What we’re seeing time and again in these blog debates are two groups kind of talking past one another. There are a group of conservatives that are tired of taking what seems to be the Marquess of Queensberry approach to political debate, and another concerned about the crassness of some of the political commentary. While I can understand the hesitation on the part of the latter group, it does seem that there’s a subtext to this debate as often the people who cry the loudest for a more temperate tone also want a more temperate kind of conservatism, one that abandons some of the core principles and policy positions of modern conservatism. This only angers the other side even more, and so the rhetoric becomes even more intemperate.

    And as much as it pains me to say this, perhaps we should stop being overly academic. There’s absolutely nothing wrong – and it’s in part necessary to understand the philosophic roots of conservatism. But we’re not going to make that many advances with master’s theses and doctoral dissertations (that was a very painful sentence to write). We should be able to convey the eternal principles of conservatism without boring the masses to sleep, but without the gutteral thoughtlessness of people like Hannity.

  • It strikes me that part of the thing here is that if one has a political movement which a larger percentage of its voters are actually interested in, it will have a fairly loud/populist tone to many of its spokespeople. One can only get away with having a calm, elite, academic tone to all debate if one’s actual voters are such absolute sheep that they don’t bother following any of the movement discussion.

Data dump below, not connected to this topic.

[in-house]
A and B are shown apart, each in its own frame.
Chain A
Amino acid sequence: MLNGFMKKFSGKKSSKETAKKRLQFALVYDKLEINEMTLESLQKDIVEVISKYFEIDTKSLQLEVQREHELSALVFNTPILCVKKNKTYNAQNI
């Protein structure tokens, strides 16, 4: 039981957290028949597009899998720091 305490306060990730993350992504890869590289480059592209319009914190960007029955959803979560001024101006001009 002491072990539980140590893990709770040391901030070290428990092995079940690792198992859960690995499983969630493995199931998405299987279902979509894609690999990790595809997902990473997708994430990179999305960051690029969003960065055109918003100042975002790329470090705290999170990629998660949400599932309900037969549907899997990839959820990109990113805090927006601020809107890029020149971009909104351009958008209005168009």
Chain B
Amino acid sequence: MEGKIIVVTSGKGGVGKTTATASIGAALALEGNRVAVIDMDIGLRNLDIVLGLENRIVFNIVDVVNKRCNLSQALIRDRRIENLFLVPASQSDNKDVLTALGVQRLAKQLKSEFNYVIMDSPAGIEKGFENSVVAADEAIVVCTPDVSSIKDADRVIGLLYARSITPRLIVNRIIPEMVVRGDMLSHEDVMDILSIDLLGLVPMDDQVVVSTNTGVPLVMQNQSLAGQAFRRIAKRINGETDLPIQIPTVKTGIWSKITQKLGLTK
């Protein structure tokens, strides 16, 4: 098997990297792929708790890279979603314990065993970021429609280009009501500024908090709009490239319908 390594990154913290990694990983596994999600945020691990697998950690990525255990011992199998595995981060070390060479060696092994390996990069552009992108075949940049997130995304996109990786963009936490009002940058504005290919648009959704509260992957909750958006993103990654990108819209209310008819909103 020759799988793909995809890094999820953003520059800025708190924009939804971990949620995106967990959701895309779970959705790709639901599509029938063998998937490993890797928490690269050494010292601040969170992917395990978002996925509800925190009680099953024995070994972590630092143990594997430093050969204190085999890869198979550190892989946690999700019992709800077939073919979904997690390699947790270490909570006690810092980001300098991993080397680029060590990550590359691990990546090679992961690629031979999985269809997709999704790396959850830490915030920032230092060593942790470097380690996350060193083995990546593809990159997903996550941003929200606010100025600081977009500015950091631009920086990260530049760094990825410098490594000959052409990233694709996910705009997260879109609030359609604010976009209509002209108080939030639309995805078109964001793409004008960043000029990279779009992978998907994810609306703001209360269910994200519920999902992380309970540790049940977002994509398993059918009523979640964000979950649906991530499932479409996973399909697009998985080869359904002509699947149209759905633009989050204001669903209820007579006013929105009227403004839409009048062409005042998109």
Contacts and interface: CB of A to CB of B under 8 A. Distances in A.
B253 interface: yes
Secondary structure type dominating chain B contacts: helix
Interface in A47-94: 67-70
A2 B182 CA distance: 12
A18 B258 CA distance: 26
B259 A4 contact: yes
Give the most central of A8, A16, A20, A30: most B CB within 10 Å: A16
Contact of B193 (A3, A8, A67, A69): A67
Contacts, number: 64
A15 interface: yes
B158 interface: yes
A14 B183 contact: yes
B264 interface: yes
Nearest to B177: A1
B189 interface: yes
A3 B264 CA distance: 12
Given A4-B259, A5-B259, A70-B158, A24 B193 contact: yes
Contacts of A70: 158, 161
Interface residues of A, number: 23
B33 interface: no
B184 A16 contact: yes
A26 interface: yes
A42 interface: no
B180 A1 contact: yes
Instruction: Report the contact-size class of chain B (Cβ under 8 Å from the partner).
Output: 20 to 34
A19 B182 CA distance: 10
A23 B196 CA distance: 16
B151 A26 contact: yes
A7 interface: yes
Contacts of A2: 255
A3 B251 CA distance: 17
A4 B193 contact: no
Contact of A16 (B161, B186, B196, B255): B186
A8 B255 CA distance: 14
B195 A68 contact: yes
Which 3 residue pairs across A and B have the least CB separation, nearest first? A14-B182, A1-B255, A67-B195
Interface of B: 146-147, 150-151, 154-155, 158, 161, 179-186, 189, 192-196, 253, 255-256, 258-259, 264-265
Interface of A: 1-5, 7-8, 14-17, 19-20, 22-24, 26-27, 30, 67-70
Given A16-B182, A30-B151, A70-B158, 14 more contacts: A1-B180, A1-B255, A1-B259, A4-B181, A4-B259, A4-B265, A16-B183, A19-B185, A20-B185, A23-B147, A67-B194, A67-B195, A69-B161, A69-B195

The solution is simply to have layered communication vehicles, some of which are okay with remaining small because of the limits of their appeal. Fox News and talk radio by their nature need to appeal to tens of millions of people. Magazines like National Review, American Spectator or First Things necessarily take a higher brow approach, and have a smaller appeal.

  • Donald R. McClarey says:

    “Sure, they’re shallow– but they get the ideas out.”

    Well said Foxfier. People like Rush, Hannity, Levin, Ingraham and Coulter have to entertain in order to stay on the air. They also carry the conservative message to a mass audience, something that National Review and blogs simply can’t do. I would also note that when WFB started National Review it was attacked as sensationalist and boorish. I recall one initial review stating that the country needed an intelligent conservative journal but National Review clearly did not meet the bill!

    There is more than enough room in the conservative movement for both conservatives of the head and of the heart.

  • To the extent that Rush Limbaugh can communicate the core convictions and ideas of conservatives and/or the Republican Party in a popular medium, he has my wholehearted support.

    Where I get off the Limbaugh train is, say, his off-the-cuff loose cannon remarks — for example, on the abuse of prisoners at Abu Ghraib: